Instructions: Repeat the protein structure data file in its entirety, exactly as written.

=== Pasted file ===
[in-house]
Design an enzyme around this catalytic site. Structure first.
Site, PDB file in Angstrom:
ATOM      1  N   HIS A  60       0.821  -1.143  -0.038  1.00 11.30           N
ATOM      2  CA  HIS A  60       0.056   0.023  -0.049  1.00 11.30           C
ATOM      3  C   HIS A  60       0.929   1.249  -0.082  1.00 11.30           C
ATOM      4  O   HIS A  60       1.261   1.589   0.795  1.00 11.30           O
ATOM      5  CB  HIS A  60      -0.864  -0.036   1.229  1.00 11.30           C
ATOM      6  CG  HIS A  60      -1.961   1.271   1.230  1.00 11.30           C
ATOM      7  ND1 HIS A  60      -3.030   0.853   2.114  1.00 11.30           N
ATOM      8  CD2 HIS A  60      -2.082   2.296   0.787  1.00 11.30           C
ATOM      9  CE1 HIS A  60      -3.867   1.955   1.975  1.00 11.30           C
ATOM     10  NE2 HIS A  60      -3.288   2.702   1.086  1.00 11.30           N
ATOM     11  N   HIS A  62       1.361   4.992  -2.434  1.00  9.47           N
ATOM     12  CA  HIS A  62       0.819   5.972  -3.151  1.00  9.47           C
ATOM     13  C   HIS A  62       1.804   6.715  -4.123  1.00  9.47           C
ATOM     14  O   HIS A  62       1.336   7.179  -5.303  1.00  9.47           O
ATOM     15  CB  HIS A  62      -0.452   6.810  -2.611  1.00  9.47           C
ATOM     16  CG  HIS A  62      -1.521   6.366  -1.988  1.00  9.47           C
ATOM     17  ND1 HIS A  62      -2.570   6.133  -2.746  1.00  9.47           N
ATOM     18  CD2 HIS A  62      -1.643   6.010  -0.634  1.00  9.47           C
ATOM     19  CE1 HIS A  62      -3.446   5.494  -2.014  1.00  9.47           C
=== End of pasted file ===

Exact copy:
[in-house]
Design an enzyme around this catalytic site. Structure first.
Site, PDB file in Angstrom:
ATOM      1  N   HIS A  60       0.821  -1.143  -0.038  1.00 11.30           N
ATOM      2  CA  HIS A  60       0.056   0.023  -0.049  1.00 11.30           C
ATOM      3  C   HIS A  60       0.929   1.249  -0.082  1.00 11.30           C
ATOM      4  O   HIS A  60       1.261   1.589   0.795  1.00 11.30           O
ATOM      5  CB  HIS A  60      -0.864  -0.036   1.229  1.00 11.30           C
ATOM      6  CG  HIS A  60      -1.961   1.271   1.230  1.00 11.30           C
ATOM      7  ND1 HIS A  60      -3.030   0.853   2.114  1.00 11.30           N
ATOM      8  CD2 HIS A  60      -2.082   2.296   0.787  1.00 11.30           C
ATOM      9  CE1 HIS A  60      -3.867   1.955   1.975  1.00 11.30           C
ATOM     10  NE2 HIS A  60      -3.288   2.702   1.086  1.00 11.30           N
ATOM     11  N   HIS A  62       1.361   4.992  -2.434  1.00  9.47           N
ATOM     12  CA  HIS A  62       0.819   5.972  -3.151  1.00  9.47           C
ATOM     13  C   HIS A  62       1.804   6.715  -4.123  1.00  9.47           C
ATOM     14  O   HIS A  62       1.336   7.179  -5.303  1.00  9.47           O
ATOM     15  CB  HIS A  62      -0.452   6.810  -2.611  1.00  9.47           C
ATOM     16  CG  HIS A  62      -1.521   6.366  -1.988  1.00  9.47           C
ATOM     17  ND1 HIS A  62      -2.570   6.133  -2.746  1.00  9.47           N
ATOM     18  CD2 HIS A  62      -1.643   6.010  -0.634  1.00  9.47           C
ATOM     19  CE1 HIS A  62      -3.446   5.494  -2.014  1.00  9.47           C